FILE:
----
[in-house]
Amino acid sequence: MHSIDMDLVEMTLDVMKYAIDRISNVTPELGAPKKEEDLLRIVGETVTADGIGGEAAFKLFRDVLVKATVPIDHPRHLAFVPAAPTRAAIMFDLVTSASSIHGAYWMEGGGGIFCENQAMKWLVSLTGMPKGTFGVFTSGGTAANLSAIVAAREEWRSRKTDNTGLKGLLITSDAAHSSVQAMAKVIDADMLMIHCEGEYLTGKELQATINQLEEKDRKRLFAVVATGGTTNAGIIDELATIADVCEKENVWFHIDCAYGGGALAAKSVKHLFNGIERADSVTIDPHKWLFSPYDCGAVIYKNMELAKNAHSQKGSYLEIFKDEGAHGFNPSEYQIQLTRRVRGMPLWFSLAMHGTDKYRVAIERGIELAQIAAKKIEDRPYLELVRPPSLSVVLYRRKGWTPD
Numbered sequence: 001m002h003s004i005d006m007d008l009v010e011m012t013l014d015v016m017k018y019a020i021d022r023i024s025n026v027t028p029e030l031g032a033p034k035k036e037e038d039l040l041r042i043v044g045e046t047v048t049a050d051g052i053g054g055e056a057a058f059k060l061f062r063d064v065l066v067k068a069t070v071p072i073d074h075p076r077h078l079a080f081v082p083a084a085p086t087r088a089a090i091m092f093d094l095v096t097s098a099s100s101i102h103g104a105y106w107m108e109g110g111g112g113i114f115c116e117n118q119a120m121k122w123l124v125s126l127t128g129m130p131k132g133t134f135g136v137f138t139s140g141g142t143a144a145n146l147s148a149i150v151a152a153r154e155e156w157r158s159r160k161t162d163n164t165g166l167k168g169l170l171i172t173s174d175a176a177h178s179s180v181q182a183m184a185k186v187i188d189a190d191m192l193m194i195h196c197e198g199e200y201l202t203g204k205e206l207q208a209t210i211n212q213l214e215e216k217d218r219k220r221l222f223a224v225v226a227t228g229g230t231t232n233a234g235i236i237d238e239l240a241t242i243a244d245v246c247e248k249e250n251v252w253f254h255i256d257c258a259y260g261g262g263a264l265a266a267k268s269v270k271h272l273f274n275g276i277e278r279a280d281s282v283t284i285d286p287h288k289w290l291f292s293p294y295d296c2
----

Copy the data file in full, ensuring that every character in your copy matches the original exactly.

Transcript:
[in-house]
Amino acid sequence: MHSIDMDLVEMTLDVMKYAIDRISNVTPELGAPKKEEDLLRIVGETVTADGIGGEAAFKLFRDVLVKATVPIDHPRHLAFVPAAPTRAAIMFDLVTSASSIHGAYWMEGGGGIFCENQAMKWLVSLTGMPKGTFGVFTSGGTAANLSAIVAAREEWRSRKTDNTGLKGLLITSDAAHSSVQAMAKVIDADMLMIHCEGEYLTGKELQATINQLEEKDRKRLFAVVATGGTTNAGIIDELATIADVCEKENVWFHIDCAYGGGALAAKSVKHLFNGIERADSVTIDPHKWLFSPYDCGAVIYKNMELAKNAHSQKGSYLEIFKDEGAHGFNPSEYQIQLTRRVRGMPLWFSLAMHGTDKYRVAIERGIELAQIAAKKIEDRPYLELVRPPSLSVVLYRRKGWTPD
Numbered sequence: 001m002h003s004i005d006m007d008l009v010e011m012t013l014d015v016m017k018y019a020i021d022r023i024s025n026v027t028p029e030l031g032a033p034k035k036e037e038d039l040l041r042i043v044g045e046t047v048t049a050d051g052i053g054g055e056a057a058f059k060l061f062r063d064v065l066v067k068a069t070v071p072i073d074h075p076r077h078l079a080f081v082p083a084a085p086t087r088a089a090i091m092f093d094l095v096t097s098a099s100s101i102h103g104a105y106w107m108e109g110g111g112g113i114f115c116e117n118q119a120m121k122w123l124v125s126l127t128g129m130p131k132g133t134f135g136v137f138t139s140g141g142t143a144a145n146l147s148a149i150v151a152a153r154e155e156w157r158s159r160k161t162d163n164t165g166l167k168g169l170l171i172t173s174d175a176a177h178s179s180v181q182a183m184a185k186v187i188d189a190d191m192l193m194i195h196c197e198g199e200y201l202t203g204k205e206l207q208a209t210i211n212q213l214e215e216k217d218r219k220r221l222f223a224v225v226a227t228g229g230t231t232n233a234g235i236i237d238e239l240a241t242i243a244d245v246c247e248k249e250n251v252w253f254h255i256d257c258a259y260g261g262g263a264l265a266a267k268s269v270k271h272l273f274n275g276i277e278r279a280d281s282v283t284i285d286p287h288k289w290l291f292s293p294y295d296c2